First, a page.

What part of the cow does corned beef come from

We’ve had about (EDITED, 17 Mar 2011) twenty three hundred queries about this today. We always get these this time of year, and more of them every year that goes by.

Corned beef comes from the brisket and silverside (just under the topside) of the cow. Both of these are tough cuts requiring either long, slow cooking, or pickling in brine, or both — hence their use in corned beef. See this article for lots more background on corned beef, including the oldest historical info.

Is corned beef Irish? Yes. People here started making it around 800 AD, and even wrote poems about it.

Is corned beef and cabbage Irish? No. CB&C is an Irish-American dish invented when previous centuries’ Irish emigrants to North America were trying to develop a substitute for one of their favorite dishes from home, boiled bacon and cabbage. (They were having trouble getting the brined pork that the dish is based on.)

But corned beef and cabbage has never really caught on in Ireland, and hardly anyone born here eats it. It’s usually seen as poor people’s food — or as something to feed to the tourists who keep on demanding it, thinking it’s traditionally Irish. The above article will tell you more about that, too. (Secondary to the article: once again I checked the supermarket to see if I was possibly mistaken about this. And once again I found the usual result: three packages of corned beef, eighty packages of assorted pork and boiling bacon.) One note, though: the way Irish people usually eat corned beef these days, when they eat it at all, is in sandwiches.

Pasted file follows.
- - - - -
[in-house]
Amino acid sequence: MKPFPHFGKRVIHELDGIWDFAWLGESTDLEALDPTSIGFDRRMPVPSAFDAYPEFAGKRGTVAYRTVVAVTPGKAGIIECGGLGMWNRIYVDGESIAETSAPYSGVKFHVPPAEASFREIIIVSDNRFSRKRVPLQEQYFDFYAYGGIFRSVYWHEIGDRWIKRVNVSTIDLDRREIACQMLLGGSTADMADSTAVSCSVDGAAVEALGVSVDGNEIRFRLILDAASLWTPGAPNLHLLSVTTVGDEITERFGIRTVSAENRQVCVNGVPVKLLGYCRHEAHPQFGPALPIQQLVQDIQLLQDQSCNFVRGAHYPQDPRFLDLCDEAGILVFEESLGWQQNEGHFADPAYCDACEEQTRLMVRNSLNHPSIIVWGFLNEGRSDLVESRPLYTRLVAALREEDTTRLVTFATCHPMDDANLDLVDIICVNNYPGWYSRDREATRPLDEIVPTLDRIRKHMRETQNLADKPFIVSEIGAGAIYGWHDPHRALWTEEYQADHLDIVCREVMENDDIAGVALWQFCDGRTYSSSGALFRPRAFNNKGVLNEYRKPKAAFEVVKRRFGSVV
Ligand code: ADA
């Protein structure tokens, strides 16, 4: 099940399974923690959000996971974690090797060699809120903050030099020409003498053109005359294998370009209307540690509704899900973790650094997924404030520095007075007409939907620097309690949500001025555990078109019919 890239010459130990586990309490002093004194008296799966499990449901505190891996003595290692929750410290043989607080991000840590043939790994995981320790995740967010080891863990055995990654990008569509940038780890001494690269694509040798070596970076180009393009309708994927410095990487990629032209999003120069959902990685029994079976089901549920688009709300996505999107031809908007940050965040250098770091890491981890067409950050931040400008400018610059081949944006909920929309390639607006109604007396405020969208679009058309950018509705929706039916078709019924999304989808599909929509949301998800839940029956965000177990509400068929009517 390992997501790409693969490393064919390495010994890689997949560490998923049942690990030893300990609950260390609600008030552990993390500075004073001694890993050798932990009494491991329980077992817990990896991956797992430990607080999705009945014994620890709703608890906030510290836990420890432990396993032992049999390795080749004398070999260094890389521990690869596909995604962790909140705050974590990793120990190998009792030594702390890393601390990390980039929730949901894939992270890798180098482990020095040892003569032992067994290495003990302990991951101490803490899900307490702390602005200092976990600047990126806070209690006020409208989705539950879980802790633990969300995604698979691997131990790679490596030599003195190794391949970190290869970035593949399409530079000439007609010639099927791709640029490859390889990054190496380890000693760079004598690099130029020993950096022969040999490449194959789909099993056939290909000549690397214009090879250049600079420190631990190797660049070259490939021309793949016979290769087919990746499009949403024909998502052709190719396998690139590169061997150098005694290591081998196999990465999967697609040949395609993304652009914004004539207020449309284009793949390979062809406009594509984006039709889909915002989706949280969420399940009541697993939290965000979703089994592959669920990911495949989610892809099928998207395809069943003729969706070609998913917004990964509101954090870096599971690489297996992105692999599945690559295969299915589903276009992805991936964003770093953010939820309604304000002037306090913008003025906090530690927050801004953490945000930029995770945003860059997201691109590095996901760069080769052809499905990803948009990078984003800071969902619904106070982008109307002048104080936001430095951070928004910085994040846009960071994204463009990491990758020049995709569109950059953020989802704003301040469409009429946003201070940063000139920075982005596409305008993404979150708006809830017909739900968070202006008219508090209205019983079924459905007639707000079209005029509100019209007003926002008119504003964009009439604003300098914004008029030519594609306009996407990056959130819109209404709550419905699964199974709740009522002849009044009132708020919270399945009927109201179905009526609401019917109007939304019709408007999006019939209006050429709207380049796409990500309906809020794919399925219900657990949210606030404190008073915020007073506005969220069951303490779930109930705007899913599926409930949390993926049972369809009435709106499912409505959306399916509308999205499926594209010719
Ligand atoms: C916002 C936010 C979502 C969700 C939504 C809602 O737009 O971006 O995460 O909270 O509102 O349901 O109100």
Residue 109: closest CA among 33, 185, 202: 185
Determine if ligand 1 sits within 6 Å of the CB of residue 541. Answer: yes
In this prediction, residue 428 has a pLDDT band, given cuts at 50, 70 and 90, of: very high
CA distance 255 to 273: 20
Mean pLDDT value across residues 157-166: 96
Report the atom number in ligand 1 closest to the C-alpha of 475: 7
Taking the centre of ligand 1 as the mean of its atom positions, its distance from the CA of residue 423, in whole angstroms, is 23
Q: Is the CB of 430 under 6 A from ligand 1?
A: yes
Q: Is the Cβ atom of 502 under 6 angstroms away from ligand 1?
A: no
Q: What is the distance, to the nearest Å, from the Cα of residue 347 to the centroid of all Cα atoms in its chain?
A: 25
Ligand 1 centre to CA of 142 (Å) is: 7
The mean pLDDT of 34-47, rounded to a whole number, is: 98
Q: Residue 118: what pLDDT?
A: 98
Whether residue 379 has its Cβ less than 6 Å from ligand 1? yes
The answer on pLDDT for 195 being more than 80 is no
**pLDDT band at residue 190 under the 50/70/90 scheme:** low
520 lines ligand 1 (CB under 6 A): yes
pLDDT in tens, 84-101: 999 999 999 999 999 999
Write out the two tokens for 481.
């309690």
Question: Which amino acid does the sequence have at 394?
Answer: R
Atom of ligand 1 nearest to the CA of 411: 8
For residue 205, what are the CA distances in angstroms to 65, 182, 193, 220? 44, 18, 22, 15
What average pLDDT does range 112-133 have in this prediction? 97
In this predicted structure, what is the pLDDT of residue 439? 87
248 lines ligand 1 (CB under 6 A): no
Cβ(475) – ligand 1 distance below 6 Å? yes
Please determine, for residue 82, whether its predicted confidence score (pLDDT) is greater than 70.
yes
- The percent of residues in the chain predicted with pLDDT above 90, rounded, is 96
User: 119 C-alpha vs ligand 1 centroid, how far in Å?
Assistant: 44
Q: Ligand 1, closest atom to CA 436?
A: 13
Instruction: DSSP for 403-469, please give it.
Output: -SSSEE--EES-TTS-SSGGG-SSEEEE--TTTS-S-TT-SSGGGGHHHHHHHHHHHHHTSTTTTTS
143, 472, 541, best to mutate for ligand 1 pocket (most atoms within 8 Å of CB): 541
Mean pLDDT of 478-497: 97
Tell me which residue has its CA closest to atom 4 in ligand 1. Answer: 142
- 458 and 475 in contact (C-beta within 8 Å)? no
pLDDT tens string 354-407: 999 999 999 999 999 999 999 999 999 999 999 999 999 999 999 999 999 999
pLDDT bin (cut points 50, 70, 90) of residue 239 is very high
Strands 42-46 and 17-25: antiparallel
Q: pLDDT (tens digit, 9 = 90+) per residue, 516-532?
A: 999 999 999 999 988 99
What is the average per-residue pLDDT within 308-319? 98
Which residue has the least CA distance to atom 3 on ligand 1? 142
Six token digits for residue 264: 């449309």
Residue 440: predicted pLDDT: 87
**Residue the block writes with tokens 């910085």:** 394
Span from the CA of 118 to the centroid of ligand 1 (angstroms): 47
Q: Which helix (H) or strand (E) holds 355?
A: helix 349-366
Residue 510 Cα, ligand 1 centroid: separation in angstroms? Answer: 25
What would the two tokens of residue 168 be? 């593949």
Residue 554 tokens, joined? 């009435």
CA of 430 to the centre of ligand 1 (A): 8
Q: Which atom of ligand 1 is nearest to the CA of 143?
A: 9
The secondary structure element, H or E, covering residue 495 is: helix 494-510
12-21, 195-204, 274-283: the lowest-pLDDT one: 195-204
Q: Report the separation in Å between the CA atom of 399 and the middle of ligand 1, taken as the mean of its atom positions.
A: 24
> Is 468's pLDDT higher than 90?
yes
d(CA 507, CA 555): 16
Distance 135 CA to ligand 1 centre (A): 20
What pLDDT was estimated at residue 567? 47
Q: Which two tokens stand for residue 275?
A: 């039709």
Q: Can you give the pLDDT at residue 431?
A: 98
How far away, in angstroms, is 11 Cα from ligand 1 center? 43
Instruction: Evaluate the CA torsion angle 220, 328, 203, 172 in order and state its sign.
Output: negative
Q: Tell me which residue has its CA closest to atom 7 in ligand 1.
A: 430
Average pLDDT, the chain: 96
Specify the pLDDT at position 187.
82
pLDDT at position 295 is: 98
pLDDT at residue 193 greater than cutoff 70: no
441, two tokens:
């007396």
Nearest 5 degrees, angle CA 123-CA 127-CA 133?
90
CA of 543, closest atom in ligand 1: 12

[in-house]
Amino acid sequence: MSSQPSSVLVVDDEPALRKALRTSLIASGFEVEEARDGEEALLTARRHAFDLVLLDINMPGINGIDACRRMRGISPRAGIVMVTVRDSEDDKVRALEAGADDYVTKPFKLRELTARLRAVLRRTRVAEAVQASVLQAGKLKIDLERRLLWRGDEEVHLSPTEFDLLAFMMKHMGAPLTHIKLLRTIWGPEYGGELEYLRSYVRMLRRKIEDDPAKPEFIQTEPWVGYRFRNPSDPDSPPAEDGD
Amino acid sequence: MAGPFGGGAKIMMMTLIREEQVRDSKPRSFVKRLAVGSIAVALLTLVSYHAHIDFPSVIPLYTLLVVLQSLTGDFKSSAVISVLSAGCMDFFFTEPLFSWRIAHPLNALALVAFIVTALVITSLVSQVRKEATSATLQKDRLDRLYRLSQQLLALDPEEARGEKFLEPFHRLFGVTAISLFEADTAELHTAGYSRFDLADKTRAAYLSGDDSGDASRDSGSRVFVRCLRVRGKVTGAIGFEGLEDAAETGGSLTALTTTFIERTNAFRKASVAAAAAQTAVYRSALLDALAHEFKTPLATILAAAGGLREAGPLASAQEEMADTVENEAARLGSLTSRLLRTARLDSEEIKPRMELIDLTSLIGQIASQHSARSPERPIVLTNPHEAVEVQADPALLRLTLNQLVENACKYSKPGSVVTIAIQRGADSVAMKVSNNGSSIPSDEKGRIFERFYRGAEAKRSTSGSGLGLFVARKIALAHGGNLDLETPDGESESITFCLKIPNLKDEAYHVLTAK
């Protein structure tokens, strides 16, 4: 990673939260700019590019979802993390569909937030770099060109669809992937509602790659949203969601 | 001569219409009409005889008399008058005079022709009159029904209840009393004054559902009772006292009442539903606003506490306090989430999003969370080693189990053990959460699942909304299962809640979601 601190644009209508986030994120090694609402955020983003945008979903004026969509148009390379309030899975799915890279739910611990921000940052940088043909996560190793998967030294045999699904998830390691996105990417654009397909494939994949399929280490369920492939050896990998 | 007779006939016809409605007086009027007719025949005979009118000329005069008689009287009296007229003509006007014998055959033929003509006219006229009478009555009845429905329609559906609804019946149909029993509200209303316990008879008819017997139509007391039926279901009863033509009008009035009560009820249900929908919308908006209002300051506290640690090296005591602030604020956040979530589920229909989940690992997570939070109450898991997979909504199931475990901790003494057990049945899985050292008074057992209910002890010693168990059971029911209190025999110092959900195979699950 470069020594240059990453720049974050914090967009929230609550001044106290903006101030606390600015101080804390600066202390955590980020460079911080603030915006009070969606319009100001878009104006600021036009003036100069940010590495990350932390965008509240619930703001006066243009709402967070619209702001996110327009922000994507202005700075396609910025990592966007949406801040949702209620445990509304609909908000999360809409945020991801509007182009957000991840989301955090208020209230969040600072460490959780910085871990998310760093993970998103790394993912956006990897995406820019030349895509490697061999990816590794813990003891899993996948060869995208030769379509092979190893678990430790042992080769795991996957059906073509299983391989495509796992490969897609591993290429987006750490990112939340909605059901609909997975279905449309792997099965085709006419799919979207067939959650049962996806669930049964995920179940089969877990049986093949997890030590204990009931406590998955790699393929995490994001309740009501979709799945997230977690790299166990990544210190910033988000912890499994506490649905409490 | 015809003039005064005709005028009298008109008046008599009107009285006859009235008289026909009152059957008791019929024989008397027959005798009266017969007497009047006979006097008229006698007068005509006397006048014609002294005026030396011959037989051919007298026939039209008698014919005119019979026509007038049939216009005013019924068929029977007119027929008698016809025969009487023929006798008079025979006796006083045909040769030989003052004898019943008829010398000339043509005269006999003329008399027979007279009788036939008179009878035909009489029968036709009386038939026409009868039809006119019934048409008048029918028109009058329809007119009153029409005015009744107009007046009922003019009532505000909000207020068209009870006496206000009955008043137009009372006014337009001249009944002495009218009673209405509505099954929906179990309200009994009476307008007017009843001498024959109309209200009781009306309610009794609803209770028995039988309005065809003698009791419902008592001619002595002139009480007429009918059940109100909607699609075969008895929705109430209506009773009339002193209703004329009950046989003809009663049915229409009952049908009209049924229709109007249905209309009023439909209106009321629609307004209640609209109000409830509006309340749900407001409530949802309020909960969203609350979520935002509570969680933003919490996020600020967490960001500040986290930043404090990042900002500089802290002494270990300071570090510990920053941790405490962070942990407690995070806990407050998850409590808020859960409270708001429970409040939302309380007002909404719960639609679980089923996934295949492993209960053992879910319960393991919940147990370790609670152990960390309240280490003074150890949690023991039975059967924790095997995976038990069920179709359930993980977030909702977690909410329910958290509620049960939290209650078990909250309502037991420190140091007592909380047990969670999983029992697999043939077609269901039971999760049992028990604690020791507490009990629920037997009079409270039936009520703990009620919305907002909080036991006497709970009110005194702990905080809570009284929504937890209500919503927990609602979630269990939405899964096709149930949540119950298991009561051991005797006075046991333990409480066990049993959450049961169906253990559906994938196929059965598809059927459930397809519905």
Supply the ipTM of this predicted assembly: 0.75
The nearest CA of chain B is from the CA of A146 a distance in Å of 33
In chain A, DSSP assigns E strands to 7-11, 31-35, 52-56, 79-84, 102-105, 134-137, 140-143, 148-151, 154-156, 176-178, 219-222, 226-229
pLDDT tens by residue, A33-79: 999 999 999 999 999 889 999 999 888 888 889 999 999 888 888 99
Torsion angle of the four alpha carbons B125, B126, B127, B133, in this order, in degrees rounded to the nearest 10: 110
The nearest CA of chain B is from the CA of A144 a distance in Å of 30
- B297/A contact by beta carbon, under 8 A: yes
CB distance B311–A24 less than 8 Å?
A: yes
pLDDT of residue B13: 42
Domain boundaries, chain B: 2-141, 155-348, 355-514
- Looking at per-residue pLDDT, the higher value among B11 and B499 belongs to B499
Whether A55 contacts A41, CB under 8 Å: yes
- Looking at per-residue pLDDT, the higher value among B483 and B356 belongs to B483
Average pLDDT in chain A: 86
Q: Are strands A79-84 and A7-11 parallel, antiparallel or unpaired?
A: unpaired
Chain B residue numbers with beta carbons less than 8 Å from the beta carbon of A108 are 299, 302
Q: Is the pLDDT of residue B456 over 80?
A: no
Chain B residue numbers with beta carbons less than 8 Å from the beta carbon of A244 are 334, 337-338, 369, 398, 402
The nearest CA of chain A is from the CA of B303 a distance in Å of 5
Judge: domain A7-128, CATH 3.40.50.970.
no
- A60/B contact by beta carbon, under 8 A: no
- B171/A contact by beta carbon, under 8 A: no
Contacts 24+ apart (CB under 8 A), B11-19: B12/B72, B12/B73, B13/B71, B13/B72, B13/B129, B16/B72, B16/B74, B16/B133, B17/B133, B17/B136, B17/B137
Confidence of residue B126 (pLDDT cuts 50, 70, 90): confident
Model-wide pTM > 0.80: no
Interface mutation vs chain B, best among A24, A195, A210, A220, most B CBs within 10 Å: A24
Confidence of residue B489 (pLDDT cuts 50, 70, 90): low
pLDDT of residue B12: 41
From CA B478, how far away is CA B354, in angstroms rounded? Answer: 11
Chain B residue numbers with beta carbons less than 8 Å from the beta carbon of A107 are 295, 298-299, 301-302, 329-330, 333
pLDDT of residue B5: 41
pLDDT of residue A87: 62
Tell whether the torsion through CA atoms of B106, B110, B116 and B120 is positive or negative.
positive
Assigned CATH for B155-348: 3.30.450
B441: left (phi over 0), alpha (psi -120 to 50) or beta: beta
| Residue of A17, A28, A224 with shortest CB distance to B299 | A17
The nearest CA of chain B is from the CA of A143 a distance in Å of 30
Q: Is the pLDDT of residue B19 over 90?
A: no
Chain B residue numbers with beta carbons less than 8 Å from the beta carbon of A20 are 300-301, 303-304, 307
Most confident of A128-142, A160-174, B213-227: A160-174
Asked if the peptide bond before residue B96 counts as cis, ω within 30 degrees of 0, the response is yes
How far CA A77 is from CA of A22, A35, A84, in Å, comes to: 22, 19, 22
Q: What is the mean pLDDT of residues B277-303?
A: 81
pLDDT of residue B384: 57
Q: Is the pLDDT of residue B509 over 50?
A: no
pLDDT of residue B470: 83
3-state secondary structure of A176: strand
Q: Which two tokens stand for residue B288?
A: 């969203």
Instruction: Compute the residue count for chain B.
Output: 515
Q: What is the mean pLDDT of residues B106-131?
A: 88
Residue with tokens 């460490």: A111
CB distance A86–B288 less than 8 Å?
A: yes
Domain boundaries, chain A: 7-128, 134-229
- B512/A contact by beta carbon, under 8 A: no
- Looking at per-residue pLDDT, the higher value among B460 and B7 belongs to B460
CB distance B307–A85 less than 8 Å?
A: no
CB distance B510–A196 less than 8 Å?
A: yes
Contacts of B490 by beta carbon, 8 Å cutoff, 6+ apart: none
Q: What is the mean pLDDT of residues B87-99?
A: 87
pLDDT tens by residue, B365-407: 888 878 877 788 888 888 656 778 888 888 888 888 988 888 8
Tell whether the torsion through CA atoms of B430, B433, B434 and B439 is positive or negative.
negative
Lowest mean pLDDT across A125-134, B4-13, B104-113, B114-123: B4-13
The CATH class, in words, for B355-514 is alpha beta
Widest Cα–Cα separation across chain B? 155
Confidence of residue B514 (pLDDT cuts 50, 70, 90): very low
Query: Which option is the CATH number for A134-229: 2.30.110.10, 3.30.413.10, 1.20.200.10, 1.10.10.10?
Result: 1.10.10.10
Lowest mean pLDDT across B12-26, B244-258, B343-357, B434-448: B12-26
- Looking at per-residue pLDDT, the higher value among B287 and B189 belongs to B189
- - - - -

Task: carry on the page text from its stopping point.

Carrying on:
If you’d like to see what Irish people really eat these days, please check this page for some background. And if your heart is set on corned beef and cabbage anyway, take a look at this page, where there’s a terrific collection of real Irish desserts. I particularly recommend Irish Coffee cake and the Baileys marble cheesecake. (OM NOM NOM NOM.)

You might also like Peter’s (Irish) Mum’s soda bread recipe, which frankly is the best on the Web. (And I’m not just saying that because she was my mother-in-law. She was an artist with the stuff, having been born here just past the turn of the last century, and she knew how it should really be made.)

To all those of you about to go Drown The Shamrock: Yes, on March 17th you’ll all be Irish. Enjoy! (But be warned: when you get over here, no matter how many Irish ancestors you have, even this one, twenty years won’t be anything like enough to make you really Irish. And don’t think an Irish passport will matter: the neighbors won’t be fooled for a second. …But you would have known the job was dangerous when you took it.)

Enjoy anyway. And please don’t dye the beer green. That’s one of the things really Irish people really don’t need to do. The green is either in your heart, or it’s not. Putting it in your liver won’t matter a bit. 🙂

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Diane Duane